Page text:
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CBE+ - towards a leaner and greener future

1336 CBE+

The Chesterfield company CBE+ has introduced a number of initiatives aimed at improving the company’s overall efficiency and reducing energy consumption. They range from the installation of a state-of-the-art effluent treatment plant to incentives aimed at encouraging staff to come up with ways to reduce energy consumption. 

Chief Executive Marie Cooper says that it is all part of a strategy aimed at achieving greater sustainability and minimising the company’s environmental impact. 

“The effluent treatment plant treats all the company’s process waste,” Ms Cooper said, “automatically filtering and neutralizing the waste chemicals generated on site, and allowing for their safe disposal. The incentives on energy saving are aimed at changing the way CBE+ staff think about energy use at work. For every £1 the business saves on energy, 50p is put in a profit share scheme and the other 50p is reinvested in the business.”

Ms Cooper says that the scheme is contributing to a reduction in the company’s energy bills.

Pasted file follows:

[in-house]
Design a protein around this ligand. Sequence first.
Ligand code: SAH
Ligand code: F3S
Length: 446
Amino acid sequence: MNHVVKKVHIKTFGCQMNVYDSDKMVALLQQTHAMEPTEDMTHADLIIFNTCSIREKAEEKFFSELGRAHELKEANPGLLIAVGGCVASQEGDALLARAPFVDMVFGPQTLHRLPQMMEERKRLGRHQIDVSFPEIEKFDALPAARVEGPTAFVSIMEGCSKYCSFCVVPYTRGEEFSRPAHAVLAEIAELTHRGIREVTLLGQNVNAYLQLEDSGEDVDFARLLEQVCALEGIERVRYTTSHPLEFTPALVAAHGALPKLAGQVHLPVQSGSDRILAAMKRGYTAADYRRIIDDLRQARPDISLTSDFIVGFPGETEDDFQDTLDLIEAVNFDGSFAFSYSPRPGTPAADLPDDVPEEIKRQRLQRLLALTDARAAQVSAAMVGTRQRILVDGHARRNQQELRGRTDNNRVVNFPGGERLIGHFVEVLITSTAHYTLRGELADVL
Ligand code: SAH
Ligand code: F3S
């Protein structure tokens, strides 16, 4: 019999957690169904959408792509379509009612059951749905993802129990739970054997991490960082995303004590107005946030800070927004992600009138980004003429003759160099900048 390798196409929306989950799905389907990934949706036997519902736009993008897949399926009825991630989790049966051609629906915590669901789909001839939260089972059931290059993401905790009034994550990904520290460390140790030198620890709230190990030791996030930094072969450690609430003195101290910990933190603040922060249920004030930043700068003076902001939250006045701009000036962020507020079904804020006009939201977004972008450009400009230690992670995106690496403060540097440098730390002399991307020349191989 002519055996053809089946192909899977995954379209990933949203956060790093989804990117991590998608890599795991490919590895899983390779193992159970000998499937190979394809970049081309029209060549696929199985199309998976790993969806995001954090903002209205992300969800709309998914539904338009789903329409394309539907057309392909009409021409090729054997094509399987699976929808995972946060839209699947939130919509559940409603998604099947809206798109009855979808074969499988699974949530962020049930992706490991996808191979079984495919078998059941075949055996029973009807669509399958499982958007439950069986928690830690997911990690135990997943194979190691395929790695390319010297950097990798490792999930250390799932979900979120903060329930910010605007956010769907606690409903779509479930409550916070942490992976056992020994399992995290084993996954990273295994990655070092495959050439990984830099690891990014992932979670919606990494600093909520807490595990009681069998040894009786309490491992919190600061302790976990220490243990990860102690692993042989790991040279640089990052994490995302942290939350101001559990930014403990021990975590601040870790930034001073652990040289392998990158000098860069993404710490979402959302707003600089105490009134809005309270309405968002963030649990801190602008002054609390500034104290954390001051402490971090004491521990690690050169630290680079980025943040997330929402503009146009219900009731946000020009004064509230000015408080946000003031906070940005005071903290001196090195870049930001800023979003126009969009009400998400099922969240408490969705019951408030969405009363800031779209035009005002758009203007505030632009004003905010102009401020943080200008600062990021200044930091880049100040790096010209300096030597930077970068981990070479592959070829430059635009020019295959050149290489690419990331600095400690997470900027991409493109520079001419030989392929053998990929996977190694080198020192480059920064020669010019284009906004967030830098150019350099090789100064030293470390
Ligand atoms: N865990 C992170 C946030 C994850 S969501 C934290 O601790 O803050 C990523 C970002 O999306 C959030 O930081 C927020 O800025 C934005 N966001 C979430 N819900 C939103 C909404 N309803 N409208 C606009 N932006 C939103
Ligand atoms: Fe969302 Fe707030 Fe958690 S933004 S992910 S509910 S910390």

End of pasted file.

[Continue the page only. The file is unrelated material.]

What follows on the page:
“Keeping costs down is a necessity in today’s economic climate,” she said. “We are now much more mindful of how we can impact energy usage on a day-to-day basis.”

A major part of the overall energy reduction strategy at CBE+ is the £0.75 million investment in a new Combined Heat and Power system, which has been developed in conjunction with the Sheffield company Levercor Energy.  

The CHP plant will deliver over 90% of the site’s electrical requirements, producing enough electrical energy to run the factory, including the milling and turning centres, which manufacture complex components for the oil and gas and aerospace sectors. It will provide process heat to the electroless nickel plating production lines, as well as heating the workshop. The system is replacing a large gas-fired thermal oil boiler and 10 gas space heaters, and is expected to result in an overall carbon reduction of around 50%.

But apart from the significant investments in the effluent treatment plant and the new CHP system, Ms Cooper said that there were what she calledeasy wins”, relatively simple initiatives which do not require major investment, but which have the potential to make their own small contribution towards achieving the common goal of Net Zero. 

“Apart from our staff incentives on energy saving,” she said, “we have also installed motion sensor LED lights, which automatically turn off when people leave a room. We added recycling bins to our offices and canteen. We started to segregate more of our scrap materials for recycling. We introduced reusable packaging. We fixed compressed air leaks on the shop floor. We insulated more of our production process tanks. It turns out, a lot of small things can make a big difference.”


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